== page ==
Obviously, the student body at Harvard looks very different now than it did a couple of decades ago. That said, I think there’s a lot to improve upon in terms of diversity.
For example, I write for the Crimson’s editorial board. I’m one of four girls who regularly attends meetings, and I would say that the board in general skews very much toward white, upper-middle class young men. There are one and a half Asians (counting me) and one student is a quarter black—that’s it. I think it’s easy to look at those numbers and say that it’s a big jump from the 1980s, and no one’s denying that. But I think that we run the risk of being very self-congratulatory at the expense of progress. It’s not as if by meeting a certain quota of students of color, we now live in a post-racial Harvard.
Of course, although I am loath to say it, Harvard isn’t the be-all, end-all of the public forum. These issues—of race and class, specifically—are pervasive and Harvard, although it is wonderful, cannot hope to correct them on its own. I remember thinking it was really gauche when Joe Biden came to the Institute of Politics earlier this year and said that we should all be thankful for how far we’ve come in terms of racial equality, and to focus more on the positive developments in America since the 1950s. That is very, very easy to say when you’re an educated white man. It was a politically idiotic thing to say after the slaughter of young black men that we’ve seen this summer.
You took former Master Bob Kiely’s freshman seminar, did you not? What was that like?
I was originally drawn to the course as an artist. I have a minor (read: major) obsession with paper as a material. I don’t know if this can be explained to non-artists, as pretentious as that sounds. Japanese drawing practice is very different from American practice, which is very different from Italian practice—which is interesting to me because I have family in all three places. My goal upon entering Harvard was to do my due diligence at the whole liberal-arts thing, and then move into practice and an MFA.
Anyway, I realized during Bob Kiely’s seminar that I was more interested in studying philosophy. The writers we discussed in the seminar were trying to either explain or discover theological pathways through their artistic media, and I had the very mundane realization that I could do the same with philosophy. I was particularly intrigued by the way writers use symbols and allegories to stand in for other (usually unnamed) concepts. Most philosophy of language (from Augustine up until contemporary philosophers in our department) focuses on written or verbal symbols, but I don’t see any reason why we can’t do something conceptually similar with, say, the works of Bruegel.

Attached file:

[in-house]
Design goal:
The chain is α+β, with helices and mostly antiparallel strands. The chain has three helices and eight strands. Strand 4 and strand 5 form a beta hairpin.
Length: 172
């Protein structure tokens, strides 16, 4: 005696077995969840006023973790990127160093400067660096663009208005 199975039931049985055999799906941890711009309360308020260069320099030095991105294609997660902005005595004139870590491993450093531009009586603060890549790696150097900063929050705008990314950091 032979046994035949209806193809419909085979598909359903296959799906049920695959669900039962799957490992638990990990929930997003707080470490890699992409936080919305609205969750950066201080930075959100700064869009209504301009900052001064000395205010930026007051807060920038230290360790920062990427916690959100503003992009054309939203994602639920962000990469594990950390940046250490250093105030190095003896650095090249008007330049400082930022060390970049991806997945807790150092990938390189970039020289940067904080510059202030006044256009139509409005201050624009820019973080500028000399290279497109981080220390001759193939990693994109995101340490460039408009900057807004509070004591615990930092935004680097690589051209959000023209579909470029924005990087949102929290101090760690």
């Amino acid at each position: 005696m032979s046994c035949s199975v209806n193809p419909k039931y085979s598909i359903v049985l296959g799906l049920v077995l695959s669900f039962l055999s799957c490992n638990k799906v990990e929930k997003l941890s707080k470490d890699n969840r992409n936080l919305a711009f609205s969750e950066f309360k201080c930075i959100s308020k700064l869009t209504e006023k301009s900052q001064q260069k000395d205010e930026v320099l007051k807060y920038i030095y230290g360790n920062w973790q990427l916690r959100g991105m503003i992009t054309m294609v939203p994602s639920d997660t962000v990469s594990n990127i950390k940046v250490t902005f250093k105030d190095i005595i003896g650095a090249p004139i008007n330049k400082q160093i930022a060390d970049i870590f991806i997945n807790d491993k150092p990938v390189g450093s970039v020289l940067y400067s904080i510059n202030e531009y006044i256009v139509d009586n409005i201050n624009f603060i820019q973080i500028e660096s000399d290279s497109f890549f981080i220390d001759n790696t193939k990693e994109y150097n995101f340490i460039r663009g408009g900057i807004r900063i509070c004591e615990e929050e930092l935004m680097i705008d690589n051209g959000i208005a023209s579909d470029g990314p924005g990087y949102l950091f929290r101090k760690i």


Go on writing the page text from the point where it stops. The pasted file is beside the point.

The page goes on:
This shift into philosophy wasn’t much of a stretch; most of my favorite artists have also been students of philosophy in one way or another. Take Robert Motherwell, whom I think is brilliant—he got his Ph.D. in philosophy here at Harvard. I remember talking to Warren Goldfarb, the Head Tutor of the department, one time and he casually just name dropped Motherwell and Susan Sontag.
So I got into philosophy because of art, but the philosophy I was interested in had very little to do with aesthetics or beauty, which are the traditional realms of artistic thought.
Fascinating. So the seminar shifted your entire Harvard track. I’ll honestly admit to you that I’ve never fully understood what one studied when one studied philosophy. Can you simplify the field for us laymen?
It’s hard to say. I think a lot of people associate philosophy with just metaphysics, which I find personally quite inappropriate. Philosophy is so much broader than that—for example, there’s a course on Philosophy of Quantum Mechanics that I’m interested in taking next year. I also think people make the mistake of associating philosophy with pretension and a sense of destructive post-modern thought: the “philosophical” characters in pop narratives are the obnoxious white men in the corners asking “Why?” to everything without providing any ideas of their own.
I love philosophy because I personally feel very stupid when I do it, and I think anyone who is doing it properly shares that feeling. It’s a way of thinking critically that is not properly taught in schools. We expect kids to do things fast: how much arithmetic can you do in a minute, how quickly can you demonstrate reading comprehension on a standardized test. Philosophical thinking goes against that: it forces us to think very slowly about everything.
Adamsian Tez Clark ’17 writes a regular column in the Crimson. Eds.